Lawson writes . . . sharing thoughts and memories

May 1, 2012

Freedom and Faith

Filed under: Uncategorized — lawsonjolly @ 5:00 am

From the Archives — May 12, 2011

In 1961, after the attempted Bay of Pigs Invasion in Cuba, Fidel Castro responded by taking over all the Catholic schools and banned religious possessions.  Although he allowed the Catholic churches to remain open, he required that all priests have permits to hold Mass.

His communist persuasion looked at evangelicals with great suspicion.  His tolerance for the work of Baptists ended in 1965 when he arrested many of the Baptist leaders.  Among those were American missionaries, Herbert Caudill, and his son-in-law, David Fite.  He allowed their families to remain in their homes, but he sentenced the two men to ten years in prison for espionage.  Castro had many Cuban pastors arrested and imprisoned at the same time.  One of these pastor was Arturo Corugedo,  president of the Cuban Baptist Convention.

Following these events, many Cubans attempted to flee.  They sought to cross the 90 miles of water to the Florida coast.  There were some who survived in spite of inferior boats and tied-together inner tubes.  But many drowned during those times because of rough seas or floating devices that could not carry the weight of the passengers or hold together.

We had the joy of knowing some of those who did survive.  The church we served in Atlanta while I was in graduate school sponsored two of the families.  The Balester family, with four daughters, lived two doors from us.  Across the street was the Escobar family.  His children and wife had arrived prior to his coming.  Juan Escobar was an officer in the Cuban army and remained behind until he felt he could escape.  He and two other men left one night to cross the strait.  They were intercepted by a Cuban gun boat and fired upon.  The other two men were killed, and believing they had killed Juan, they turned and left.  These two wonderful families were friends.  Judy spent time teaching them English, and they always provided us with special pastries.  Their stories are multiplied among the Cuban community.

In a few years, our ministry in Miami would be in the center of the Cuban community, and we were  at that moment in history when the eyes of the world focused on Miami.  Because of the economy, Castro decided to decrease the population, and he allowed those to leave who had the wish.  Of course, masses of people rushed to boats.  Miami would be the destination because of the  many Cubans already living there, and it was the shortest route to freedom.

The exodus was known as the Mariel Boatlift, named for the site of departure in Cuba.  The exodus began in April 1980 and continued until October.  More than 125,000 Cubans were processed through Miami, and it was estimated  by a congressional report that more than 10% of this number were criminals from the jails and inmates from mental health facilities.  Castro deliberately sent these.  Again, in the haste to leave, many left in unsafe vessels, and many tragic reports came of drownings.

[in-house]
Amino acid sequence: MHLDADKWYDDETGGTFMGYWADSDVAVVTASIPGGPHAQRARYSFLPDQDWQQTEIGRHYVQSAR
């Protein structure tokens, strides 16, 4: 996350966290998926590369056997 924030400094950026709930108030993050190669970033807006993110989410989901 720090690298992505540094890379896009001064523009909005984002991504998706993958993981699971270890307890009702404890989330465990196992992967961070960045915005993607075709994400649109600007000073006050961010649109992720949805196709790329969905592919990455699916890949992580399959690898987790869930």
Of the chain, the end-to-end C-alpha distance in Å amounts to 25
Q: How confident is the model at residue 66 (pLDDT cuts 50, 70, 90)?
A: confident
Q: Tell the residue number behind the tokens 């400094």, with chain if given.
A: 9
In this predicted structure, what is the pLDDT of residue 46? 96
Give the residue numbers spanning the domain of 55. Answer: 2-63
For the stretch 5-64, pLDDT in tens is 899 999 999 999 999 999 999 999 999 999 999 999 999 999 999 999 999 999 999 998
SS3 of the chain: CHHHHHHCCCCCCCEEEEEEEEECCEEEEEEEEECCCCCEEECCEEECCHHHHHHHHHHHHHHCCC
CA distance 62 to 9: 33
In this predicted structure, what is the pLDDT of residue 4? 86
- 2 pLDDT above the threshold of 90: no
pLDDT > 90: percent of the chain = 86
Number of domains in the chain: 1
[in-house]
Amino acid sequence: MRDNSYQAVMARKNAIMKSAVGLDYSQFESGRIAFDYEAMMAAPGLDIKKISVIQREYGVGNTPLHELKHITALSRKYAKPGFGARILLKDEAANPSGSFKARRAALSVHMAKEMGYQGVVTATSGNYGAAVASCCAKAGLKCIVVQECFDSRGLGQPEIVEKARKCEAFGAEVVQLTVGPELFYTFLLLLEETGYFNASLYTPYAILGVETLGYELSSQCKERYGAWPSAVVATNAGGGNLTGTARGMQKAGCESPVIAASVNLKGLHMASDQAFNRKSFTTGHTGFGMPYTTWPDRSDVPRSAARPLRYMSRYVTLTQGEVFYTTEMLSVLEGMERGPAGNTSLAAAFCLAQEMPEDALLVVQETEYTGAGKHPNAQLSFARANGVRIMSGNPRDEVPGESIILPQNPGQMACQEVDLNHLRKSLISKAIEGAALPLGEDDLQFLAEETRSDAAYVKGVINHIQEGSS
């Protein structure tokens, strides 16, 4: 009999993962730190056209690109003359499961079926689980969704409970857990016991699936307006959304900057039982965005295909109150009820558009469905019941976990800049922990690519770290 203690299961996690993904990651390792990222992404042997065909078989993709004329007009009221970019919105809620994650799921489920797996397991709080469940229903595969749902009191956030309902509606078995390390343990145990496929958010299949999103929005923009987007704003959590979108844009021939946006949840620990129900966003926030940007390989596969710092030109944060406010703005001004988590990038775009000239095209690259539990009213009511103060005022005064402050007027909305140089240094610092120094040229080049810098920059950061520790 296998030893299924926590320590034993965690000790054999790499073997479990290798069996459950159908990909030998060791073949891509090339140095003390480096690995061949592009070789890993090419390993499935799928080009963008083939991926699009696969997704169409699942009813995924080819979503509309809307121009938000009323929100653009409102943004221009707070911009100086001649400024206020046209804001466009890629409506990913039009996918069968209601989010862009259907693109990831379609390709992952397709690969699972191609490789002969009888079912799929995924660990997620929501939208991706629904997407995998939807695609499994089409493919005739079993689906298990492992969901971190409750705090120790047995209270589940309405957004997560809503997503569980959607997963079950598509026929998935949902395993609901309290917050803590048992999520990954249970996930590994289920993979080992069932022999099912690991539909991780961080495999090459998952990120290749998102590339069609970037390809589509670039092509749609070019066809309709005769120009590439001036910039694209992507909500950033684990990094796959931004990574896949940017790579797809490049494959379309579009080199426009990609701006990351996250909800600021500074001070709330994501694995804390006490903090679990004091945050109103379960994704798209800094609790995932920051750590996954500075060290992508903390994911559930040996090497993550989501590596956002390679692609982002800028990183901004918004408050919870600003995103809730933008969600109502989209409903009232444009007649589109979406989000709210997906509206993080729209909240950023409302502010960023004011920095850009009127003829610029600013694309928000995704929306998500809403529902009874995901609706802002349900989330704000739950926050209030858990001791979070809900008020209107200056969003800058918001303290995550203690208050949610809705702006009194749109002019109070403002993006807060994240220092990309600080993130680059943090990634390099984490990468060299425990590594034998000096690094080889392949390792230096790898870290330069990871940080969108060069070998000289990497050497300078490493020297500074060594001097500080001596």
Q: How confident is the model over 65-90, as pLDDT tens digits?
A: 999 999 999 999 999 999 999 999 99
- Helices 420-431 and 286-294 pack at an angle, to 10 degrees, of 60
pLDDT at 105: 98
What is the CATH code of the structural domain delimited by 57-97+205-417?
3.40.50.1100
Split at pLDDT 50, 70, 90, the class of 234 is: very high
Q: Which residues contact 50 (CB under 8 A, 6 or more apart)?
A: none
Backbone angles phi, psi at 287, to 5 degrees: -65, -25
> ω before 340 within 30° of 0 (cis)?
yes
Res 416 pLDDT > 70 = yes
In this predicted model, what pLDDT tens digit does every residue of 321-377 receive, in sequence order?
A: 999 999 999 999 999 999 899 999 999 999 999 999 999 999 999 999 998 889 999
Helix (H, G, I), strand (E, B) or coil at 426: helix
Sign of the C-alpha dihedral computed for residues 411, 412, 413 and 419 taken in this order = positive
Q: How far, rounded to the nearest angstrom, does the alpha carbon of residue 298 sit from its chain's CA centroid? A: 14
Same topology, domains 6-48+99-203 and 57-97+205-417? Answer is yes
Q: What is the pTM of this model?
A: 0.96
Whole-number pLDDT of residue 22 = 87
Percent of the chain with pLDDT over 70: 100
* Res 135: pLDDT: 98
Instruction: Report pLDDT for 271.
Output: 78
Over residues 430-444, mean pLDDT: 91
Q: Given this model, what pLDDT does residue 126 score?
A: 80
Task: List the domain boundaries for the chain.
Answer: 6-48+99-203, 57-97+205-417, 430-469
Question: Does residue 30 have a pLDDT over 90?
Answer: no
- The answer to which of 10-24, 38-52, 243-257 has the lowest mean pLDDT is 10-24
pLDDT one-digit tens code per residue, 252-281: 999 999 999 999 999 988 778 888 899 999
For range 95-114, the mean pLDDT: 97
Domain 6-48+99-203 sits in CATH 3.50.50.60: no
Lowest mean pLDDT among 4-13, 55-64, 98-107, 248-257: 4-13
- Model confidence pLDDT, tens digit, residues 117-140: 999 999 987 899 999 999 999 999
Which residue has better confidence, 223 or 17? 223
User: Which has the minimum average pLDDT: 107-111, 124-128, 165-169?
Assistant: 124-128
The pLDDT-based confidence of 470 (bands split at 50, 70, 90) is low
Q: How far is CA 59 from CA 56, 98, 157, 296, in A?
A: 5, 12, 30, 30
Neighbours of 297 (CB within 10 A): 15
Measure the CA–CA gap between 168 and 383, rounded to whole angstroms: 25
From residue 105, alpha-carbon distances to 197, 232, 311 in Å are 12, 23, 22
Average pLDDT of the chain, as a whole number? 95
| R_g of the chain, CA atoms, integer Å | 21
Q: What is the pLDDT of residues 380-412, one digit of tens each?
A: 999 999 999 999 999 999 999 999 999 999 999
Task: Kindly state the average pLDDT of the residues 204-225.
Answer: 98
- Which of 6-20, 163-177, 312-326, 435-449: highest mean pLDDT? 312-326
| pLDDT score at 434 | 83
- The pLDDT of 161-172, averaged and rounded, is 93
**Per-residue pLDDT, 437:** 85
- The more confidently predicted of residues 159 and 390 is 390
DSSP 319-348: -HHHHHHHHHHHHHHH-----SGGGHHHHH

Over 50% of these arrivals remained in Miami.  Many had family and friends with whom they could stay.  Others simply walked the streets, slept under the overpasses of the expressways, while others would seek to find any shelter possible.

Our church had purchased a motel next to our property.  We converted it to Sunday School space, and later would use it for an adult day care center.  One day our custodian discovered a man living in a maintenance closet on the outside of the motel.  He had been there for weeks.  He had nothing except the clothes he wore.  He had survived with little nourishment.  We allowed him to remain there a few more days while the church sought to provide a better place for him.  And the church did!

Our church was the recipient of many blessings during those days.  I spoke of Arturo Corugedo.  He had been imprisoned with Caudill and Fite.  He had spent 15 years in jail.  When he was arrested, all his books and religious items were destroyed.  He was 82 years old when released.  Our church had the joy of hosting him.  He was a radiant person.  There was no bitterness, but simply a grateful heart.  Sadness stabbed our hearts as he shared with us that only a few days before he was released, his wife had died.  The Cuban community rallied around him as he was so well-known as the leader of Cuban Baptists.  About a year later, Herbert Caudill, who had been released after serving only three years, came to Miami to spend time with this beloved friend.  What a joy as we saw them united.

I think much of those difficult days in Miami.  Consider the price so many of these families paid for their faith and for their freedom.  Perhaps just reading this causes you  once again to be thankful for where you live and all you enjoy.  We are so blessed!



1 Comment »

  1. We are truly blessed to live in a country where the expression of our religious freedom is still one of our guaranteed freedoms. My prayer is that more people will not only come to know Jesus Christ as their Lord and Savior, but also that our religious freedoms will continue to exist. We live in an age where there seems to be so much contempt towards religion, but we Americans have built our country on the basis that we can chose whatever denomination that we wish to worship God with and that choice comes without persecution.

    Comment by Stevan Garner — May 1, 2012 @ 8:02 am | Reply

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